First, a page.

The Negro Motorist Green Book exhibition opens this Saturday, March 19, at the Washington State History Museum in Tacoma. This immersive, multimedia exhibit was curated by Candacy Taylor, former Harvard fellow and celebrated Green Book scholar, for the Smithsonian Institution’s Traveling Exhibition Service. The Green Bookwas published between 1936 and 1966 and became the bible of Black travel during the Jim Crow era, a time when racial segregation was legally enforced in the South, and discrimination was rife in the North and West as well.
This was also the age when the automobile became increasingly important in American life as a symbol of freedom and recreation. But for Black motorists, the experience of the open road was far less free than for whites. Travel for Black people was difficult, undignified, and dangerous. Black travelers were denied service at hotels and motels, at restaurants, at gas stations, and struggled to find places to simply use the restroom, or worse, faced intimidation and violence in “sundown towns.”
The Green Book was created by Victor Hugo Green, a Harlem postal worker and entrepreneur, to help Black travelers and vacationers find businesses that would welcome them. According to one memoirist, “You literally didn’t dare leave home without it.”
In many places where there were no hotels or restaurants serving Black customers, Black entrepreneurs, many of them women, ran tourist homes by renting out rooms in their private residences and serving homemade meals. The Green Book demonstrates the creative response the Black business community had to the problems of segregation, discrimination, and violence in travel, and provides important documentary evidence of Black businesses and neighborhoods.Continue reading “The Negro Motorist Green Book Exhibition: March 19 – June 12, 2022”
After centuries of receiving no or minuscule compensation (by being hired out) for their labor, formerly enslaved people, at the stroke of a pen, were responsible for their own livelihood.
Seamstresses, servants, cooks, carpenters, blacksmiths, wheelwrights and masons could ply their trade. Most, however, of this country’s enslaved workforce had been deployed to cultivate monocrops. No matter their occupation, they were responsible for negotiating wages, securing housing, paying rent, purchasing supplies, buying and/or growing their own food, clothing themselves and their families. After centuries of laws that denied them literacy, property and ownership of their own bodies and those of their children, thousands of people were thrust into a world that did not welcome their newly acquired status.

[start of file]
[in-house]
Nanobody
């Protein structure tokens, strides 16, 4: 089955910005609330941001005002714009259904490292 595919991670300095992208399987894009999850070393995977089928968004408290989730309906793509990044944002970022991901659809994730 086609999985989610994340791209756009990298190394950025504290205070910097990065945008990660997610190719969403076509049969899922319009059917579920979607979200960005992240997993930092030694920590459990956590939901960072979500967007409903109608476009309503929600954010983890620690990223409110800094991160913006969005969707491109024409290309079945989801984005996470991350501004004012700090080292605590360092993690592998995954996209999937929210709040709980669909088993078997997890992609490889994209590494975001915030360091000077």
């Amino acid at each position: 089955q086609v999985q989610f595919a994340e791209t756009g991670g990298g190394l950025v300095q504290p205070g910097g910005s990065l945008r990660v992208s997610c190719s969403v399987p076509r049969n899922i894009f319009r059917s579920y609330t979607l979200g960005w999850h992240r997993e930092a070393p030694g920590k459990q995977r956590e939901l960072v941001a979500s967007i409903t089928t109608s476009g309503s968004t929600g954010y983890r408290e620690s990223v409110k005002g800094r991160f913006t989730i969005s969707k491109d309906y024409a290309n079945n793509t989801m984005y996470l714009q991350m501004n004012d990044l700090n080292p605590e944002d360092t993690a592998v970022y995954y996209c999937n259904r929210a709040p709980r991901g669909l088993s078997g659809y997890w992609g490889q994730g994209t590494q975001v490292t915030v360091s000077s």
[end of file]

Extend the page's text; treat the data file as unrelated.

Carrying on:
Her heart was as big as Texas. That’s why it takes more than twenty voices to relay the story of her life. Aunt BeBe, otherwise known as Dr. Carolyn Beatrice Hammond Montier, was a woman to be reckoned with.
This past November, Seattle swore in a new Mayor and City Councilmember, and we here at ShelfTalk thought this would be a great opportunity to continue our series of posts in which we invited your representatives to share books that have meant a lot to them. This time, we asked them “What book was most influential in your life or career and why?” This week, Councilmember Rob Johnson, representing District 4, Northeast Seattle.
“What book was most influential in your life or career and why?”
The Color of Law by Richard Rothstein made a huge impact on me, and continues to shape my work as I serve as the chair of the Seattle City Council’s Planning, Land Use & Zoning committee. This book represents a powerful examination of the way 20th century land use and zoning policy in America deepened the harmful divide of segregation, Continue reading “City Council Reads – Rob Johnson, District 4”
It began with a poem! Reading the Langston Hughes poem One-Way Ticketinspired Jacob Lawrence to make a sketch of a train station waiting room filled with travelers, travelers like the ones seeking The Warmth of Other Suns. As a boy who became an artist, he knew about traveling. Lawrence moved from city to city and house to house until his mother, finally, found a place in Harlem for them to call home.
“I was part of the migration,“ he says “as was my family… I was only
about 10, 11, or 12. I didn’t realize that we were even a part of that….I didn’t
realize what was happening until the middle of the 1930s, and that’s
when the Migration series began to take form in my mind.”
In 1941, at the age of 23, Lawrence began painting works in a series that would become known as The Migration Series. Bookended by World War I and World War II, the work portrays an exodus, at once sweeping and, yet, singular in its focus. Long before his wet brush met a dry canvas, Lawrence had steeped himself in the works of writers and intellectuals focused on the Black migration and the role of the artist in art and culture. Where did he do so? At the library! The New York Public Library’s Division of Negro History, Literature and Prints, now known as The SchomburgCenter for Research in Black Culture, was instrumental in the artist’s development and formation of the work. Continue reading “Where I’m Bound: African Americans and Migration in Art and Life”